M.I.A says there’s more to her than politics

"Fame and success wasn’t so smooth for me"

MIA has revealed that there’s more to her than politics, after opening up about her new album ‘AIM’.

Earlier this year, the singer and producer made controversial comments about the Black Lives Matter movement in the US, saying that the issue is “not a new thing” while urging for leading celebrities to show the same support for the migrant crisis. Earlier this year, she teamed up with H&M, penning her new song ‘Rewear It’ for World Recycle Week.

In an extensive interview with Consequence of Sound, MIA stated her “message is not just the subjects” but about the life that she has had in the music industry. “You could see the battles I had on the internet in the music industry. Fame and success wasn’t so smooth for me,” she said.


“I’ve had a crazy personal life that is there too, whether it’s about my dad or who he was or how my mom ended up where she was,” she continued. “I wasn’t embarrassed about saying, “Yeah, you know, actually my dad was a political leader and started a revolution, and that actually brought a lot of hardship to our family.” I discussed it in a way that was actually real to me. All I could say is, “My dad wasn’t around, but this is how it affected the kids and my mum,” and then I gave the life story of what that was.”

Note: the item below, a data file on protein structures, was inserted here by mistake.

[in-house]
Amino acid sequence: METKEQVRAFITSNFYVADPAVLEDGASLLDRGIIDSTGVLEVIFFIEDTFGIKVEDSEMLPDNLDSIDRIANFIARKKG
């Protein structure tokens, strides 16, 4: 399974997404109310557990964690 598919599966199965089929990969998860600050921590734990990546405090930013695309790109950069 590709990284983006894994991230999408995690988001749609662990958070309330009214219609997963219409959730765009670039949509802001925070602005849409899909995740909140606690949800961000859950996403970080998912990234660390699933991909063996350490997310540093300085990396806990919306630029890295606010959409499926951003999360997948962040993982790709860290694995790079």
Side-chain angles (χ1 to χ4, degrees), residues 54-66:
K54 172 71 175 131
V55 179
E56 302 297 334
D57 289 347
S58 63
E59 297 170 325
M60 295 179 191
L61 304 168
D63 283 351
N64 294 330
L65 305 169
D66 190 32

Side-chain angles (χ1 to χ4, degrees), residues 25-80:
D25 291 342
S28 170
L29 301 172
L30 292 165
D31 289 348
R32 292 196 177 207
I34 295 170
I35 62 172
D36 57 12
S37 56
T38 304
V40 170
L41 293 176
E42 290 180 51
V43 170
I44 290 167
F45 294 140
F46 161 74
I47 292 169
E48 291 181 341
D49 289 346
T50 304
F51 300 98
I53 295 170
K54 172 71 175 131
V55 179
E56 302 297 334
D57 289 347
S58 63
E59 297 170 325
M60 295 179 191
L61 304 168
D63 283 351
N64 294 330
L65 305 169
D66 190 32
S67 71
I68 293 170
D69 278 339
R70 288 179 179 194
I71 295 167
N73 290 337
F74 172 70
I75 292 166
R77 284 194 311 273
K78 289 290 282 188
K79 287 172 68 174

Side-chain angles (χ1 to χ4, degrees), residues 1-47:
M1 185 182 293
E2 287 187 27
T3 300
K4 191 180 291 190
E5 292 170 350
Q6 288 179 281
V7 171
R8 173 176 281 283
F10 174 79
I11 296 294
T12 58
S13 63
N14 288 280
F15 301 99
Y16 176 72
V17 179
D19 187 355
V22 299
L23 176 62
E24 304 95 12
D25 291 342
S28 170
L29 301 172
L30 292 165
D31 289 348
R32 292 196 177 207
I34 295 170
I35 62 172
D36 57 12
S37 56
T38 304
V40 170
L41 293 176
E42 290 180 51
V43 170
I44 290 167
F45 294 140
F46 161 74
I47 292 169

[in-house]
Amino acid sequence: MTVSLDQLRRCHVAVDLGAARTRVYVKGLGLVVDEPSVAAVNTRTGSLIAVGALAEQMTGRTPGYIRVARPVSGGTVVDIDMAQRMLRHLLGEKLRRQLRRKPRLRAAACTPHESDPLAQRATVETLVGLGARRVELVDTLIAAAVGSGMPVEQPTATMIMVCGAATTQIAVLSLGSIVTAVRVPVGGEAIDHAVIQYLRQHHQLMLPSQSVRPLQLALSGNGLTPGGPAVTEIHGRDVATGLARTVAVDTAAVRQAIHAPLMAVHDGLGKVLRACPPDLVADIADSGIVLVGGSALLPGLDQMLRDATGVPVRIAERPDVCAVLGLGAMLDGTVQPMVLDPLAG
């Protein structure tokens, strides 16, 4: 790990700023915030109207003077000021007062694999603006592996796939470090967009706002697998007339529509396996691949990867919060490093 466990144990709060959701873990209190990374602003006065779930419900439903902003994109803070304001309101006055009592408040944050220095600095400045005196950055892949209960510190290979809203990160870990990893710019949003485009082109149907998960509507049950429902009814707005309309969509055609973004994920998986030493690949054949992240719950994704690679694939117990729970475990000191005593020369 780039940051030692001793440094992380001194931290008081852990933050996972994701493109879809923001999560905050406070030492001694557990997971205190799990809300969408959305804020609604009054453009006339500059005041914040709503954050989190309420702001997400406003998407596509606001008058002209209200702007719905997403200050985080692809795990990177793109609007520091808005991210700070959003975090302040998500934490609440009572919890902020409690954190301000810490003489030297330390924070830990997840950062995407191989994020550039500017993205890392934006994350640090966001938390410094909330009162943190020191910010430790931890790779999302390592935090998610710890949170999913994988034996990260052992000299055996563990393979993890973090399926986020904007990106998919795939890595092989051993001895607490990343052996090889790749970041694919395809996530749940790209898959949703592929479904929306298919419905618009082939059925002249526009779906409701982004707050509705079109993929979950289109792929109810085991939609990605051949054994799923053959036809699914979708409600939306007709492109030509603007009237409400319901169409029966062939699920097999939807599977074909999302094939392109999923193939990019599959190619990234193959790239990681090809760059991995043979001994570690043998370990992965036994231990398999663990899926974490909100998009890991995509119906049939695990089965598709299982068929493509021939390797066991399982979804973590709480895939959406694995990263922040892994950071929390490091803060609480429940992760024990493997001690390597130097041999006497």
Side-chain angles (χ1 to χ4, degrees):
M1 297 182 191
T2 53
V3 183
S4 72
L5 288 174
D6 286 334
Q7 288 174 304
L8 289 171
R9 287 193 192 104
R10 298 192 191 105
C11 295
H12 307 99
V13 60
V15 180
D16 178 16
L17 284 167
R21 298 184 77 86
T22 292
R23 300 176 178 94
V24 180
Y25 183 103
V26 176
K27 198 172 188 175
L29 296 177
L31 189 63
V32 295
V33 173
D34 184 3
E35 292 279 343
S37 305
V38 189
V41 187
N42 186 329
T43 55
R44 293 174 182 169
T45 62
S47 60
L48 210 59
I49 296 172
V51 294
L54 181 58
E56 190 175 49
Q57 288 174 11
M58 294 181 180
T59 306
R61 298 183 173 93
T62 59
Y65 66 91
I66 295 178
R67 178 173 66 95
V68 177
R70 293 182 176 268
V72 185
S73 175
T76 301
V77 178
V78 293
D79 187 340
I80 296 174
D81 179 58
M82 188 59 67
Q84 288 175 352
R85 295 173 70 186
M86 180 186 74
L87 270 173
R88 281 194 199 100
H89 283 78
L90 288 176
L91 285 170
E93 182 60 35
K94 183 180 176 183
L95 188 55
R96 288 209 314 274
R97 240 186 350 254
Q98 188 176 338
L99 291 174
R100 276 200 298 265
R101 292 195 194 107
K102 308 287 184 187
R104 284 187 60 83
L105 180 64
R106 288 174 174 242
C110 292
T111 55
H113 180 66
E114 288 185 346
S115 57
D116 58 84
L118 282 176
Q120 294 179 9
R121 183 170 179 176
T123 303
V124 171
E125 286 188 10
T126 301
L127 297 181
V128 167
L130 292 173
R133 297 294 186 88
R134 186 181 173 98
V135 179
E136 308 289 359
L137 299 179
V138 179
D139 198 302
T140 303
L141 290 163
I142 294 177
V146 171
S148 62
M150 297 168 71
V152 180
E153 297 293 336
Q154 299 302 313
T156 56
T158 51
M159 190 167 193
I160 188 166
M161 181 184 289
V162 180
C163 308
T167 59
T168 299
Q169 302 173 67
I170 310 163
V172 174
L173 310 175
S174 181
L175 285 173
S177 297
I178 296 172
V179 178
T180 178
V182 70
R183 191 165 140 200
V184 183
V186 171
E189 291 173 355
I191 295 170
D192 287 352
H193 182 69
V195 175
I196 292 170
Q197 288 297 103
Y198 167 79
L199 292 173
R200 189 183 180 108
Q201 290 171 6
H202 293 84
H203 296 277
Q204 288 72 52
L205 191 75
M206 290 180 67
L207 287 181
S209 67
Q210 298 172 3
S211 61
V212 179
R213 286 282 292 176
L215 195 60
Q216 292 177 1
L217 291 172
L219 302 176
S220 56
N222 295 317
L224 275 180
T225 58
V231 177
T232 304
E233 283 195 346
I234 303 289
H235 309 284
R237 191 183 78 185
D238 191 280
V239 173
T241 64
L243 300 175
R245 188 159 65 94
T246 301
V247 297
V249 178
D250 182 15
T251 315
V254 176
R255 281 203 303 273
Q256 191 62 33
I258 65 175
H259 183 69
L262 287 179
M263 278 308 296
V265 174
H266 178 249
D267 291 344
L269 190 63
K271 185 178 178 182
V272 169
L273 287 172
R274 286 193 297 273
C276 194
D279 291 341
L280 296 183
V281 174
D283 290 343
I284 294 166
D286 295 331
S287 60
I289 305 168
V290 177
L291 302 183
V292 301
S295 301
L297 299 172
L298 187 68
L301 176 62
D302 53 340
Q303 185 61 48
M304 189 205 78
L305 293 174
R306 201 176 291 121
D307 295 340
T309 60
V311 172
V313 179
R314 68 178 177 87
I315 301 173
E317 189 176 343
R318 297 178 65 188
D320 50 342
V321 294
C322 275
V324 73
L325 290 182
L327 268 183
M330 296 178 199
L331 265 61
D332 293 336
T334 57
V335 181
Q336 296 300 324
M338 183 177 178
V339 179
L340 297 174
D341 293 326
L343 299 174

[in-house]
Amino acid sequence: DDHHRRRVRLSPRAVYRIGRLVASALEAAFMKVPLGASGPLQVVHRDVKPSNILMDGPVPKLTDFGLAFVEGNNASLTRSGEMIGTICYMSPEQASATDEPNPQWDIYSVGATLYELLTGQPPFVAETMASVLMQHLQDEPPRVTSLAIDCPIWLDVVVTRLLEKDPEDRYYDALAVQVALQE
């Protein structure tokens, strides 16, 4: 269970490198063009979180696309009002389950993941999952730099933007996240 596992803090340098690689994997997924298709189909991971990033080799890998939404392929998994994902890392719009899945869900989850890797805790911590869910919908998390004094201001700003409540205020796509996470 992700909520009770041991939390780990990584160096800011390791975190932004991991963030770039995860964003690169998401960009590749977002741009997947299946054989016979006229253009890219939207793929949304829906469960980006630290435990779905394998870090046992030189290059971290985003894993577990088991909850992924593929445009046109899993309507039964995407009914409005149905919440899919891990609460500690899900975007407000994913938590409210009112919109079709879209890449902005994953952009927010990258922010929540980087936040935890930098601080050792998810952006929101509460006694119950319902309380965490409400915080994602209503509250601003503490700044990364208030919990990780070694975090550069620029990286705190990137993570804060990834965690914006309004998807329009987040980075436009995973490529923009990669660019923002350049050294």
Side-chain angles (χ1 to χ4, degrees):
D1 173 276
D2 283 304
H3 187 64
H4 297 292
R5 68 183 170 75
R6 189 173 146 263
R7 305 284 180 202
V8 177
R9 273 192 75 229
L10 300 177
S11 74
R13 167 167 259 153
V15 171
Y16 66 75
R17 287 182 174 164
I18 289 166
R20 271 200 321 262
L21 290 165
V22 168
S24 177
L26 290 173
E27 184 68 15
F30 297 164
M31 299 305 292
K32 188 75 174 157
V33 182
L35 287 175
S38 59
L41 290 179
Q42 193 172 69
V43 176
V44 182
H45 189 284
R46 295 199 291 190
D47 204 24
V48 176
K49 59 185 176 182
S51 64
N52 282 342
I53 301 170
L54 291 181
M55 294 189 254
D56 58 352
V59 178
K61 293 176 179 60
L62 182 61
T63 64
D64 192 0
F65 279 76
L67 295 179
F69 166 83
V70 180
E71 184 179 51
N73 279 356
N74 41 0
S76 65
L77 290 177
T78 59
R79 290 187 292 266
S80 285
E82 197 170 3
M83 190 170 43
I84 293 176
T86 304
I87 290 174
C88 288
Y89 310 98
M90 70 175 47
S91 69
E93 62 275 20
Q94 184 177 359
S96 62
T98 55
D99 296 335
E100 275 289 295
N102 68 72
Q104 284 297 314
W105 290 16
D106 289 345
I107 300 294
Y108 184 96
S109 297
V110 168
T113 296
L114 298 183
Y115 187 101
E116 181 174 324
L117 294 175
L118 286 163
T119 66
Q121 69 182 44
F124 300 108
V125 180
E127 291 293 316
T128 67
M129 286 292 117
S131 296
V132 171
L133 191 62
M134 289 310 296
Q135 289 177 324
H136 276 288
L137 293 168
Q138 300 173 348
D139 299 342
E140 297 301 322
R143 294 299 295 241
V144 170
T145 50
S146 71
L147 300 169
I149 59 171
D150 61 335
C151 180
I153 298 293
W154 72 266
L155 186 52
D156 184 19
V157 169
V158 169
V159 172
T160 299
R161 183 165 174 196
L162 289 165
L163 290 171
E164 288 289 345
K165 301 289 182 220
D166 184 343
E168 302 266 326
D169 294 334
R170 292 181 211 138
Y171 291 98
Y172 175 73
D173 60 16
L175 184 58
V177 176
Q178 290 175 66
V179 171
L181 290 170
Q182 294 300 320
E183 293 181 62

“And then the trouble of that is, yeah, you come to different countries, you try to make it, you’re poor, you do encounter racism or different levels of it, and again, it’s all people’s perceptions,” she said.

Meanwhile, Nicki Minaj‘s new song ‘The Pinkprint Freestyle’ pays homage to M.I.A. by interpolating sections of her hit single ‘Paper Planes’.

She raps: “I fly like paper, I get high like planes, If you catch me at the border I got visas in my name” and later shouts out the British artist directly, “M.I.A., M.I.A., I make bitches go M.I.A”.

M.I.A.’s fifth album ‘AIM’ is out today (September 9). The record features a collaboration with Zayn, which M.I.A. recently admitted she had second thoughts about in an interview with Annie Mac.